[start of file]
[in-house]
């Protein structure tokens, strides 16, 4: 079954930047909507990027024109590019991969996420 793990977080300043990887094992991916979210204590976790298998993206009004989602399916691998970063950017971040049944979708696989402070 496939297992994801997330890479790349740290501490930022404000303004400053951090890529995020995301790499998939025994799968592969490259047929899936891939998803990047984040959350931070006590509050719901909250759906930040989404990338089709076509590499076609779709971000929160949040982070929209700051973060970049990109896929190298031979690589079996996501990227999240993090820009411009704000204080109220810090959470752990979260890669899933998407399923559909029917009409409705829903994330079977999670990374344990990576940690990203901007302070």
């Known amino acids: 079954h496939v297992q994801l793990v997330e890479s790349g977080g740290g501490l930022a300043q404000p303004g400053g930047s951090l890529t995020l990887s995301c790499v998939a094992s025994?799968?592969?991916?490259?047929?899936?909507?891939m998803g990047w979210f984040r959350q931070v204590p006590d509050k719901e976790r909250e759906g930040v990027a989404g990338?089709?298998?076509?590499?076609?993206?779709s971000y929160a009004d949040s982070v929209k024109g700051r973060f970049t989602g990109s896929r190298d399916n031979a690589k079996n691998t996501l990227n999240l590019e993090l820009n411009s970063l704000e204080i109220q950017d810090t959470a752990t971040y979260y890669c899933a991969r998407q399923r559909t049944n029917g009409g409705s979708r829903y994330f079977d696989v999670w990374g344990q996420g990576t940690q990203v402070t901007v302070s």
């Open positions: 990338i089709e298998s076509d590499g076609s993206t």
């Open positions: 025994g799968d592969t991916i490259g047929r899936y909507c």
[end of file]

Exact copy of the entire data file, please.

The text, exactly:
[in-house]
């Protein structure tokens, strides 16, 4: 079954930047909507990027024109590019991969996420 793990977080300043990887094992991916979210204590976790298998993206009004989602399916691998970063950017971040049944979708696989402070 496939297992994801997330890479790349740290501490930022404000303004400053951090890529995020995301790499998939025994799968592969490259047929899936891939998803990047984040959350931070006590509050719901909250759906930040989404990338089709076509590499076609779709971000929160949040982070929209700051973060970049990109896929190298031979690589079996996501990227999240993090820009411009704000204080109220810090959470752990979260890669899933998407399923559909029917009409409705829903994330079977999670990374344990990576940690990203901007302070």
């Known amino acids: 079954h496939v297992q994801l793990v997330e890479s790349g977080g740290g501490l930022a300043q404000p303004g400053g930047s951090l890529t995020l990887s995301c790499v998939a094992s025994?799968?592969?991916?490259?047929?899936?909507?891939m998803g990047w979210f984040r959350q931070v204590p006590d509050k719901e976790r909250e759906g930040v990027a989404g990338?089709?298998?076509?590499?076609?993206?779709s971000y929160a009004d949040s982070v929209k024109g700051r973060f970049t989602g990109s896929r190298d399916n031979a690589k079996n691998t996501l990227n999240l590019e993090l820009n411009s970063l704000e204080i109220q950017d810090t959470a752990t971040y979260y890669c899933a991969r998407q399923r559909t049944n029917g009409g409705s979708r829903y994330f079977d696989v999670w990374g344990q996420g990576t940690q990203v402070t901007v302070s």
């Open positions: 990338i089709e298998s076509d590499g076609s993206t």
């Open positions: 025994g799968d592969t991916i490259g047929r899936y909507c």